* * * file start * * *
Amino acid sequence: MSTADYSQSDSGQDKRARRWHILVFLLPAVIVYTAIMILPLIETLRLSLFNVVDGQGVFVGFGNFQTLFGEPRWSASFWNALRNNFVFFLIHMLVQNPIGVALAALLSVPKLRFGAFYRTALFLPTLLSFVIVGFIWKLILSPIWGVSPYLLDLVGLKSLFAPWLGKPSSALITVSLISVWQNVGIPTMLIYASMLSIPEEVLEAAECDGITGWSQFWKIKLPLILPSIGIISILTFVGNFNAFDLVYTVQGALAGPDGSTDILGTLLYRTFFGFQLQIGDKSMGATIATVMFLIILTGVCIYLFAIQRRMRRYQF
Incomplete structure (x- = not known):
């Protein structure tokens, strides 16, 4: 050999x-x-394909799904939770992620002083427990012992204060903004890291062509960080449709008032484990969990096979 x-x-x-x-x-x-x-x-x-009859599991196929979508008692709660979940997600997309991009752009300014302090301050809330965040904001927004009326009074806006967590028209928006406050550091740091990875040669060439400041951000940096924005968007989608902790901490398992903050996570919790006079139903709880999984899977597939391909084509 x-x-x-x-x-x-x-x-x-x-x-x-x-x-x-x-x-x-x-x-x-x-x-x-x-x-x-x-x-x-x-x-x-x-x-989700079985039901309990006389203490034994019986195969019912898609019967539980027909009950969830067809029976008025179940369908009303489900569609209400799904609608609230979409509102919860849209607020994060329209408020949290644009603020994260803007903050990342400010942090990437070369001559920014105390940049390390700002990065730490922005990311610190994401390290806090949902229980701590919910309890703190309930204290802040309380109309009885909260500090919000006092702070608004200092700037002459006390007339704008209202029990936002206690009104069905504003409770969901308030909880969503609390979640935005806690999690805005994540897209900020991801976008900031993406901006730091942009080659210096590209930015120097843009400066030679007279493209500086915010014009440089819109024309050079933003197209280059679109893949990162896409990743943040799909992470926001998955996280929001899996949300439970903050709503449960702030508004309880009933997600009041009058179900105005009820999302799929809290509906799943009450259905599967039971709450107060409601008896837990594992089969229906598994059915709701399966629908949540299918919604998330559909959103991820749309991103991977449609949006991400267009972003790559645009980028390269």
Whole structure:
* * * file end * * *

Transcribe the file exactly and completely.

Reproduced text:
Amino acid sequence: MSTADYSQSDSGQDKRARRWHILVFLLPAVIVYTAIMILPLIETLRLSLFNVVDGQGVFVGFGNFQTLFGEPRWSASFWNALRNNFVFFLIHMLVQNPIGVALAALLSVPKLRFGAFYRTALFLPTLLSFVIVGFIWKLILSPIWGVSPYLLDLVGLKSLFAPWLGKPSSALITVSLISVWQNVGIPTMLIYASMLSIPEEVLEAAECDGITGWSQFWKIKLPLILPSIGIISILTFVGNFNAFDLVYTVQGALAGPDGSTDILGTLLYRTFFGFQLQIGDKSMGATIATVMFLIILTGVCIYLFAIQRRMRRYQF
Incomplete structure (x- = not known):
């Protein structure tokens, strides 16, 4: 050999x-x-394909799904939770992620002083427990012992204060903004890291062509960080449709008032484990969990096979 x-x-x-x-x-x-x-x-x-009859599991196929979508008692709660979940997600997309991009752009300014302090301050809330965040904001927004009326009074806006967590028209928006406050550091740091990875040669060439400041951000940096924005968007989608902790901490398992903050996570919790006079139903709880999984899977597939391909084509 x-x-x-x-x-x-x-x-x-x-x-x-x-x-x-x-x-x-x-x-x-x-x-x-x-x-x-x-x-x-x-x-x-x-x-989700079985039901309990006389203490034994019986195969019912898609019967539980027909009950969830067809029976008025179940369908009303489900569609209400799904609608609230979409509102919860849209607020994060329209408020949290644009603020994260803007903050990342400010942090990437070369001559920014105390940049390390700002990065730490922005990311610190994401390290806090949902229980701590919910309890703190309930204290802040309380109309009885909260500090919000006092702070608004200092700037002459006390007339704008209202029990936002206690009104069905504003409770969901308030909880969503609390979640935005806690999690805005994540897209900020991801976008900031993406901006730091942009080659210096590209930015120097843009400066030679007279493209500086915010014009440089819109024309050079933003197209280059679109893949990162896409990743943040799909992470926001998955996280929001899996949300439970903050709503449960702030508004309880009933997600009041009058179900105005009820999302799929809290509906799943009450259905599967039971709450107060409601008896837990594992089969229906598994059915709701399966629908949540299918919604998330559909959103991820749309991103991977449609949006991400267009972003790559645009980028390269």
Whole structure: